Introducing the Gizmag Store

The 2013 Philips DesignLine puts a new slant on HDTV

By

March 14, 2013

The 2013 Philips DesignLine TV is designed to lean against a wall

The 2013 Philips DesignLine TV is designed to lean against a wall

Image Gallery (7 images)

When it comes to HDTV placement, you’ve generally faced with two options – a stand for sitting the TV in an entertainment unit or on a table, or a wall mount. With its 2013 Philips DesignLine, TP Vision is offering a third option – simply leaning the TV against a wall. When it comes to a modern minimalist look, the new Philips DesignLine takes the cake, with no visible frame or stand, it looks like nothing more than a square sheet of glass.

The Philips DesignLine TV comes from TP Vision, an Amsterdam-based joint venture between TPV Technology and Royal Philips Electronics that was established in April 2012 to develop, manufacture and market Philips branded TVs in Europe, Russia, the Middle East, Brazil, Argentina, Uruguay, Paraguay and selected countries in Asia-Pacific.

Coming in 46- and 55-inch screen sizes, the Philips DesignLine series sees an LCD display sitting behind the front glass sheet. The TV itself features a 1400 Hz Perfect Motion Rate and active 3D technology for Full HD 3D. It is powered by a dual-core processor powering Philips’ Perfect Pixel HD engine and boasts Micro Dimming and Local Contrast, suggesting LED backlighting.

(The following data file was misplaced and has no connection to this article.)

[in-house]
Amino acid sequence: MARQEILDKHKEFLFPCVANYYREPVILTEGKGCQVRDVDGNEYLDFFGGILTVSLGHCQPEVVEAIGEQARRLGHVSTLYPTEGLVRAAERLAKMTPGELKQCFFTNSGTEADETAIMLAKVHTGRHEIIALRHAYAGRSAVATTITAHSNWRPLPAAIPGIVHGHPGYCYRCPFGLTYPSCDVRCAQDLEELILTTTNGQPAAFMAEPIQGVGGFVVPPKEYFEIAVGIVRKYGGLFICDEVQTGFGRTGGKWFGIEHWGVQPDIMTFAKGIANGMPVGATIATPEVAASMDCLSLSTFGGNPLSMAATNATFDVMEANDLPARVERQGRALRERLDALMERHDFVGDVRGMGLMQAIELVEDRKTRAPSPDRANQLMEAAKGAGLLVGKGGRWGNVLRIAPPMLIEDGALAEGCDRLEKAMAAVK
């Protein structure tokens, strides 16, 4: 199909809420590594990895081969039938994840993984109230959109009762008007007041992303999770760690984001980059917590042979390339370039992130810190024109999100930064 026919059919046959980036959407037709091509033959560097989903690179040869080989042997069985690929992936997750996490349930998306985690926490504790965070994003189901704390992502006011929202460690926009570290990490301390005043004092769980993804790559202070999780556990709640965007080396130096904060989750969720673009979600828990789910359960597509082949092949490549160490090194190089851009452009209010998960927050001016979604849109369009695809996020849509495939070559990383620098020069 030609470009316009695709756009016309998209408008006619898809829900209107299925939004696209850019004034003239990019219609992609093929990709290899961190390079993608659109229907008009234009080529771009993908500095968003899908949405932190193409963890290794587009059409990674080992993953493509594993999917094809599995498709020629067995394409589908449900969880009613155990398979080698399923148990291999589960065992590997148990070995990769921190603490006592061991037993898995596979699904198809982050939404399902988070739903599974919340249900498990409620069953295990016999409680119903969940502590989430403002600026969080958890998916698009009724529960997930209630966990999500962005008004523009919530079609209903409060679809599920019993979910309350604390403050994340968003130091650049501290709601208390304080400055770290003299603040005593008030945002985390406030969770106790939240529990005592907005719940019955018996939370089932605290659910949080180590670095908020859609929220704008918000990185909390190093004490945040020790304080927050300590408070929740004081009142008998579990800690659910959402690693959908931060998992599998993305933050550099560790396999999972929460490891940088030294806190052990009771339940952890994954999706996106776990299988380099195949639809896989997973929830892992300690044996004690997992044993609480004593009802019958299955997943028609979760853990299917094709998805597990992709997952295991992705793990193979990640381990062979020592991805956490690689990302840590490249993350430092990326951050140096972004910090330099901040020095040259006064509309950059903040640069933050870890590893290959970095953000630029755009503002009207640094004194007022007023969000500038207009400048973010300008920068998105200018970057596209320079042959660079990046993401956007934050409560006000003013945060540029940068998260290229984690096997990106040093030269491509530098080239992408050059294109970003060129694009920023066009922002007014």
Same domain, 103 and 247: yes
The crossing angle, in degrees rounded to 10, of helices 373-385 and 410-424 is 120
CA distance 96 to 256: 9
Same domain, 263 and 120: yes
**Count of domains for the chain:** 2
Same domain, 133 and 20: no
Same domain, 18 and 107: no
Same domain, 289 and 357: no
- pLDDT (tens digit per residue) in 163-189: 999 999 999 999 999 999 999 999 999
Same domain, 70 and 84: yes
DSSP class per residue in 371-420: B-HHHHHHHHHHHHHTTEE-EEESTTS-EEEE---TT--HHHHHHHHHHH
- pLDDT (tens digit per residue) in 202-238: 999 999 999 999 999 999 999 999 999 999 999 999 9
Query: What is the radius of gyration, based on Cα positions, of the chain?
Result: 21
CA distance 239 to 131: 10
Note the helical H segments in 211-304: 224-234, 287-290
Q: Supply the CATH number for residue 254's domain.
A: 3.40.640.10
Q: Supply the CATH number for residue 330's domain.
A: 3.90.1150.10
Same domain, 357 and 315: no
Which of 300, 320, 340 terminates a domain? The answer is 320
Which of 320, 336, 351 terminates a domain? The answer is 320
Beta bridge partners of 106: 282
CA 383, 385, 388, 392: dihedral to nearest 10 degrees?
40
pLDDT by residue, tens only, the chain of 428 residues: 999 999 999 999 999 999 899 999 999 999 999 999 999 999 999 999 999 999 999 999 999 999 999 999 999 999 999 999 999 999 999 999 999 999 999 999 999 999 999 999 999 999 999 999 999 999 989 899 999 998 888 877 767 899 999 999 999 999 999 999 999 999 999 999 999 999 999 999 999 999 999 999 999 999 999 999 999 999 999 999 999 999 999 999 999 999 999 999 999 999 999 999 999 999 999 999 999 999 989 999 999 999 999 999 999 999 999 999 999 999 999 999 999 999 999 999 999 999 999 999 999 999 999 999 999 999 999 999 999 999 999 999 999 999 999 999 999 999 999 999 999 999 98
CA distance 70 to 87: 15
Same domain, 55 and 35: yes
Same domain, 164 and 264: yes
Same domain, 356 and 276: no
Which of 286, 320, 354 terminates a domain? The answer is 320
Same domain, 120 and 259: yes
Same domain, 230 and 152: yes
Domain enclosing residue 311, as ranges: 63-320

The TVs also pack Smart TV capabilities, with built-in Wi-Fi and a remote control with pointing capability and built-in keyboard. The Wi-Fi also allows wireless streaming to and from notebooks, tablets and smartphones using the Philips MyRemote app, Wi-Fi Miracast and SimplyShare. They can also be upgraded to allow broadcast content to be streamed from a master TV to a secondary TV in the house. Philips’ Ambilight 3-sided XL is also on board, projecting colored light matching the onscreen content onto the wall above and to either side of the TV.

The 2013 Philips DesignLine is opaque black at the top and transparent at the bottom

But it’s the unconventional styling of the TV that is likely to draw attention – even when the TV is off. Below the black of the lifeless screen, the glass is covered in a gradient black finish that changes from opaque black to transparent where the glass meets the floor.

Our only reservations are the lack of any discernible rubber stops or something similar on the bottom edge of the glass, so users may want to invest in some kind of grip – or carve a groove in the floor – to stop it sliding forward. And although the backward slant of the TV is only slight, we’d guess the viewing angle of the TV might also take some getting used to and has the potential to attract reflections from overhead lighting.

The 2013 Philips DesignLine TVs will be available in Europe and Russia in the second quarter of 2013 at an as yet undisclosed price.

A video news release can be viewed below.

Source: TP Vision

About the Author